Psychoanalysis Of The Play Hedda Gabler

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Henrik Ibsen’s revolves Hedda, who is the main character and her life tells the play. Ibsen wrote his play in the wake of modernism and presented several themes and different theoretical perspectives according to how a person reads or views the play. One of the concepts that one understands from the depiction of the characters and the protagonist is desire. Want pushes people to the limits of doing things that are unacceptable and goes contrary to the norms. The paper will focus on the play from the perspective of a psychoanalytic looking critically at the factors and characters presented in the play. From that, the focus will revolve around butler and her decision at the end of the play. Everyone has wants which he/she seeks to satisfy. Hedda grows in an elite family, and a society that impacts significantly in her life resulting in unsatisfaction of her life desire and as a result leads her into making the wrong decisions.

The paper’s close examination of desire brings in the Lacan’s theoretical piece. Lacan was a French well-known psychoanalytic who developed significant controversies through his theories. Ibsen’s play withholds and presents an excellent use of psychoanalysis. Psychoanalysis is a group of concepts that set out to study the unconscious mind and devise techniques healing the human brain. Sigmund Fluid came up with the term developing it from his school of thought and which evolves as the time passes and different scholars continue presenting their views about it. One of such scholars who made significant developments is Lacan who uses the technique of studying his subjects by leading them into recognizing their desires and uncover the truth about them.

Uncovering the truth about something provides essential information which a person can later use to develop valid and useful conclusions. Following that, Ibsen presents a paradox where the reader needs to reason out several factors so that he/she will uncover the truth about some of the happenings and most importantly Hedda’s decision at the end of the play. That involves looking at some of the other characters, their ways of life and what impact they had on each other. The play begins with the reader identifying that Hedda just married Tesman and the newly wedded couple went for a six-month-long honeymoon. However, Hedda is not happy with the marriage despite being pregnant with his child. That presents a dilemma that one has to uncover in the pursuit of truths the truth behind the action and the conscious of the mind that led the character into accepting the marriage.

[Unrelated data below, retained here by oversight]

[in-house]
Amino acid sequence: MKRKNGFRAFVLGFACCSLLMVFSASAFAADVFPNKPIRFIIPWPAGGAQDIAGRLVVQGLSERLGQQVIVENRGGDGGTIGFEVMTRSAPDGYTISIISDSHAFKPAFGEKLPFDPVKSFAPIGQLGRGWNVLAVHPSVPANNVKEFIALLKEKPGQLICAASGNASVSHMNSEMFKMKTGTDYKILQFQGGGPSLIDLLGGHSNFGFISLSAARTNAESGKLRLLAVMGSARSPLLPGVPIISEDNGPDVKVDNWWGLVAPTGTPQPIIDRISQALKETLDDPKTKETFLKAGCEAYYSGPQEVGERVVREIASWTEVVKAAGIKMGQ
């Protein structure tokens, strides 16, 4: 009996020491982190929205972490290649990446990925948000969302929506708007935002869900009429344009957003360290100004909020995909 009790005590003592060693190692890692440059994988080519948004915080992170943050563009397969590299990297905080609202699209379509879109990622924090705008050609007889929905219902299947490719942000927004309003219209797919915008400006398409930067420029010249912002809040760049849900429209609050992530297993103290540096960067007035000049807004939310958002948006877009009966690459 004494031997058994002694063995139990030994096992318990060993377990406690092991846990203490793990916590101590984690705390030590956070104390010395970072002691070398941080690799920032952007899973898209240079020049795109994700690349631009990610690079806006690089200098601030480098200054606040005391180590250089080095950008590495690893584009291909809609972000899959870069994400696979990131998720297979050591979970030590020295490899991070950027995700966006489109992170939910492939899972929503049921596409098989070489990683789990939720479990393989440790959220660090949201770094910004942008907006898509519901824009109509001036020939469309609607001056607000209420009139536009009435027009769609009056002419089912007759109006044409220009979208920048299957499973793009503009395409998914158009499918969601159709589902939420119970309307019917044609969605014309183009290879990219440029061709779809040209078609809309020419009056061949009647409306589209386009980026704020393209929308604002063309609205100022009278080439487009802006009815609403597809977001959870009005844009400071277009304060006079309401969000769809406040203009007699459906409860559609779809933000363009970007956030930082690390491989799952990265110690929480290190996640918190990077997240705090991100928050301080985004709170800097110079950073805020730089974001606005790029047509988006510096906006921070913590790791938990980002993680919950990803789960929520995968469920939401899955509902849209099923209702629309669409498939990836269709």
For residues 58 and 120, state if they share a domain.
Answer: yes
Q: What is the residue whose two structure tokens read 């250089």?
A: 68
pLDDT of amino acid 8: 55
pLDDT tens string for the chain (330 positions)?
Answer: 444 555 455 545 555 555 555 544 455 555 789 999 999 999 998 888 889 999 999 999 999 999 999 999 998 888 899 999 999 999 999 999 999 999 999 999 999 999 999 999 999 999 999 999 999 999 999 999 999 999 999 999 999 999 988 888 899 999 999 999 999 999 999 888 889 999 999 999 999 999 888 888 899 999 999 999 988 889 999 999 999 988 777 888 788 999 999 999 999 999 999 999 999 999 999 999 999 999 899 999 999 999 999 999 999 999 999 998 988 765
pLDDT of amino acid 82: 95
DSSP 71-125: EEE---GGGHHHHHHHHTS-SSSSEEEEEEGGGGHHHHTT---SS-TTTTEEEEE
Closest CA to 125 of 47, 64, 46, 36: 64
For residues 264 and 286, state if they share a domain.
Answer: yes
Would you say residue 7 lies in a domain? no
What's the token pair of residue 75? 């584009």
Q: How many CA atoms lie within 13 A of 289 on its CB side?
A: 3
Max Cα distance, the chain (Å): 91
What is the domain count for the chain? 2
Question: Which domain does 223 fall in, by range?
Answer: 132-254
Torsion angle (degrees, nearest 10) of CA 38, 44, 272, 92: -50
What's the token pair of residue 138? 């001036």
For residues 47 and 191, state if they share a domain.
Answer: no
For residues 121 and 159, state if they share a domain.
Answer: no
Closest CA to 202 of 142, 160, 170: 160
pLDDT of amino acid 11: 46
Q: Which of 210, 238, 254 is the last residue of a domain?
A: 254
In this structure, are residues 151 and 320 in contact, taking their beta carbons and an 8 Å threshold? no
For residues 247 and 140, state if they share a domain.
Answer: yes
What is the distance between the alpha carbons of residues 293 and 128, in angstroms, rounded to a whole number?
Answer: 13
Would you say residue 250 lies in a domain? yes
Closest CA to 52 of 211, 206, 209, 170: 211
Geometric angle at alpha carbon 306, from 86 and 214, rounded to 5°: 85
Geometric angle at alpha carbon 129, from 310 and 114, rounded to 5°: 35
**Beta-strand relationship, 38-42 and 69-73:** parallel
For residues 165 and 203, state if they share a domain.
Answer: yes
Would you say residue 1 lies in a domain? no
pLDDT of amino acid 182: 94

Marriage intends to be an agreement between two people who set out to live together and support each other openly and wholeheartedly. However, factors such as the desire of one of the parties can lead to the failure of the courtship and later the fall of the marriage. People have different wishes informed by their early experiences or the character of a person. Following that, Ibsen wrote his play early in the colonial period when societies formed a critical part of people’s lives and which made decisions that impact on a person’s entire life. The choices made by the community solely emerged from the desire of the people forming it. However, as said earlier, people tend to have different wishes resulting from various. One of the events that the society had a take is marriage with which they selected and married couples based on societal desires and not the individual people’s wishes.

Courtships impacted by society led to the joining of couples who had different motives and perspectives about life. From Ibsen’s play, Hedda and her husband presented an excellent example where the individuals had varied perspectives about life and did not marry out of love or desire, but it was out of the society’s wish. That inflicted an action that did not comply with the conscious of the mind of the couple and brought in Lacan’s theory and psychoanalysis. In uncovering the truth, Hedda grew in wealthy family unlike her husband Lacan who was dull and highly inclined into his studies other than courting with his wife. The different life preferences among the couple resulted in each one of them trying to find solace and in some of the cases hurt each other unintentionally.

Further, into the psychoanalysis of the play, the seeking of solace from other outside factors resulted in a significant impact of the couple. Looking at Hedda, she sought out to start courting with Judge Brack citing that she doesn’t care about her husband anymore. Hedda acts in a high level of secrecy in a manner that her husband gets to know nothing about her decisions and her wife’s actions. Hedda has a purpose of satisfying the desires she had in an unacceptable way and with whatever it takes. That, in turn, affects her mind leading the character into other thoughts such as hurting Tesman and the people who engage with him in his studies such as Lovborg. In a similar occurrence, another character by the name Mrs. Elvsted declared that she loves Lovborg and cares little about her husband despite having his surname (Baitz, and Ibsen 24).